If someone is intersex, that means that their genitals do not fit into the aforementioned binary. For example, people may be born with a mix of male and female genitals such as a large clitoris, no vaginal opening, or a scrotum that is divided so it is more like labia.

Some people who fit the criteria of "intersex" don't identify as intersex. This is their own decision to make, and they should not be forced to identify as intersex if they don't choose to on their own.

Transgender people also have the choice of identification. Some trans people identify themselves with the terms AFAB (assigned female at birth) or AMAB (assigned male at birth). Personally, I despise being defined as AFAB because I feel as though the term puts too much focused on what I was labelled when I was born when it should put focus on who I am now. Some trans people also choose to identify themselves as transsexual. This is an outdated term and is considered offensive. It should not be used by cisgender people, but transgender people can identify themselves as transsexual if they so choose.

Going back to the problem of binary genitalia, calling genitals "male" or "female" is problematic to transgender people. For a pre-op trans male, having his genitals be referred to as female is traumatizing and triggering. It also perpetuates the myth that you have to fit into a specific label.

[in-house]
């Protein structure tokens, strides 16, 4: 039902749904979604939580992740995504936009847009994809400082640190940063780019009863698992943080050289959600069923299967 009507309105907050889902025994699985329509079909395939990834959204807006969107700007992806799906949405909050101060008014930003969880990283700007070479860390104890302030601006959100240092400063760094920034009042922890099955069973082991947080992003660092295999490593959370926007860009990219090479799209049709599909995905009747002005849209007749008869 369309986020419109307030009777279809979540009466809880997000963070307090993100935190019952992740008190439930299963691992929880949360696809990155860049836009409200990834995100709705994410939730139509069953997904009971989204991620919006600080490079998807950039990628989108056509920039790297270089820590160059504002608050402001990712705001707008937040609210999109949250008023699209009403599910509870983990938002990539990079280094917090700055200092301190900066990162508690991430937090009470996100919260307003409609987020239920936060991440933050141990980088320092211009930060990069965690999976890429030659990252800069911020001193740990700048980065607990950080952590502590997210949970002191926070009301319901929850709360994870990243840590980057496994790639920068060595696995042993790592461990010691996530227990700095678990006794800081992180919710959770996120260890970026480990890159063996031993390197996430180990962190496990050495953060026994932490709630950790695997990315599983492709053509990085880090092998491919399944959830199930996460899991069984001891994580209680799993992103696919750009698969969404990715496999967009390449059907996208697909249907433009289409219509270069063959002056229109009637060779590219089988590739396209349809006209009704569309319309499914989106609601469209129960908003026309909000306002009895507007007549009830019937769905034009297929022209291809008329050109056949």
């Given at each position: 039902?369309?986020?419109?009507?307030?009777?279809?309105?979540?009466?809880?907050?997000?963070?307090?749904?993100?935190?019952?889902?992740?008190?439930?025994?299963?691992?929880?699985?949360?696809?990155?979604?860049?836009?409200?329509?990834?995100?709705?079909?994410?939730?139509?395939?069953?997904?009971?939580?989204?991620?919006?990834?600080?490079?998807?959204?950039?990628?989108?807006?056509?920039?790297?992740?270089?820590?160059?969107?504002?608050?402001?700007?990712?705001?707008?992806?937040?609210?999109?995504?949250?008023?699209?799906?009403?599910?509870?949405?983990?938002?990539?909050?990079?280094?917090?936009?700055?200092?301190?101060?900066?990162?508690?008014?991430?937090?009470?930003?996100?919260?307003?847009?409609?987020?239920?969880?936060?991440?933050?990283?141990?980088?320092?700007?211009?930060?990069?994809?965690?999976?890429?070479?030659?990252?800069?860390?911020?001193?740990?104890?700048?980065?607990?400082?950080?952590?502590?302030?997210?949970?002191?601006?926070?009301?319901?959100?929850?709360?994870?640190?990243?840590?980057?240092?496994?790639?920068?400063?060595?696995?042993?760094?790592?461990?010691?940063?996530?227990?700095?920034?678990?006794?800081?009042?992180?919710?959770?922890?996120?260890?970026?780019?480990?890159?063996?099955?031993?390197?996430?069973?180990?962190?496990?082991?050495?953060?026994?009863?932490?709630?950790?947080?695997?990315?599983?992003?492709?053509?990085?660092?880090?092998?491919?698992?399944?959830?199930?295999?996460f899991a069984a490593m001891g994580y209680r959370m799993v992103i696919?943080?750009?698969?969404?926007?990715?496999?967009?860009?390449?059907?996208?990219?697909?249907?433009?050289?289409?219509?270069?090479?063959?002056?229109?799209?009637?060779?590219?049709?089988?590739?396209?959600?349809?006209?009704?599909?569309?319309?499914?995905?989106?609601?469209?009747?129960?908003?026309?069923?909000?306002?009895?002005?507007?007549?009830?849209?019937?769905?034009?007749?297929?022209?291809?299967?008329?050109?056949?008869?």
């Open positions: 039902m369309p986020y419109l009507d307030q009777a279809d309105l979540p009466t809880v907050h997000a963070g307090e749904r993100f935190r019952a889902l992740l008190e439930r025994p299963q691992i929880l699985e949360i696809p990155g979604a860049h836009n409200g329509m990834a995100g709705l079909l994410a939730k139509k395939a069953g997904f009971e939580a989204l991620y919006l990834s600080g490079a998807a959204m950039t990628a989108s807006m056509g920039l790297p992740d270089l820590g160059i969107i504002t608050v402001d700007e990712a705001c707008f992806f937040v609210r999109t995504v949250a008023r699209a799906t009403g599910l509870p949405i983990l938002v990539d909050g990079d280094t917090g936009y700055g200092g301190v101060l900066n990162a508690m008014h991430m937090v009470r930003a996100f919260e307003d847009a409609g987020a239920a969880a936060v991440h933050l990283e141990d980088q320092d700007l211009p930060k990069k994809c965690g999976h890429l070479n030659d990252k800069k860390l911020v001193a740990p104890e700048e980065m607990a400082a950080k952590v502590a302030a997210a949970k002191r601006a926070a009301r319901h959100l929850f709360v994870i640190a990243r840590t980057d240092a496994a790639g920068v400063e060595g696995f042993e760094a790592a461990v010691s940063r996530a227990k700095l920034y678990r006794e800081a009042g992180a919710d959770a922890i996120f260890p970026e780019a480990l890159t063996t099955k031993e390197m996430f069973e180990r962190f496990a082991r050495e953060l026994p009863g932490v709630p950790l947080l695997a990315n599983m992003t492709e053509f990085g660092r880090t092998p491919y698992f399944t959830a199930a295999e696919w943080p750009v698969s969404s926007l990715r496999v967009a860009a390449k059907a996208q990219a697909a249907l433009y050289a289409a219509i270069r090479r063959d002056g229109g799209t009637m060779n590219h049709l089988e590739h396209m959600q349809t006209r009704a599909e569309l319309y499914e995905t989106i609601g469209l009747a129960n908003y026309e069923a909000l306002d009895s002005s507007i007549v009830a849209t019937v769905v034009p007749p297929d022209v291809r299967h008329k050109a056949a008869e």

Let's break down another myth. Transgender people all identify with the gender that matches the sex they believe they should have, right? Wrong.

Not all transgender people seek surgery, and not all transgender people follow the same path. Some people change their legal name first, some people start testosterone or estrogen first, and some go straight for surgery. Some trans people don't want to do any of the above. All forms of transgender people are valid.

If a transgender person wants surgery to be the "opposite sex," that does not automatically mean that their gender matches that sex. There are many different kinds of genders, and none of them auto correspond with a specific sex. You can be AMAB, have surgery to have a vagina, but identify as agender (not identifying with any gender). There's no chart to follow. You can be whatever gender you want to be regardless of what your sex is. This also applies for cisgender people.

Now that you know the basics of what being transgender means, let's talk about why what Trump is saying is problematic.

Defining gender as "a biological, immutable condition determined by genitalia at birth" is extremely problematic and dangerous.

If this change is made in law, transgender people will be at very high risk of discrimination. In the U.S. Transgender Survey, 16% of transgender people who responded lost at least one job because of their identity, 30% who had a job in 2015 were fired or harassed in the workplace, 27% were fired or not hired, 15% were verbally/physically/sexually assaulted, 23% experienced forms of mistreatment such as being asked to stay in the closet or being outed, and 77% either stayed in the closet or quit to avoid possible mistreatment.

Thanks to the Obama administration, we currently have protections in the workplace for transgender people. If Trump changes the definition of gender, those protections are out the window. The rates of discrimination and assault against transgender people are going to skyrocket. People are going to lose jobs, lose their housing, face violent assault, and even be at risk of murder.

It is more important than ever to exercise your right to vote. Help conserve the rights of transgender people because we need all the help we can get.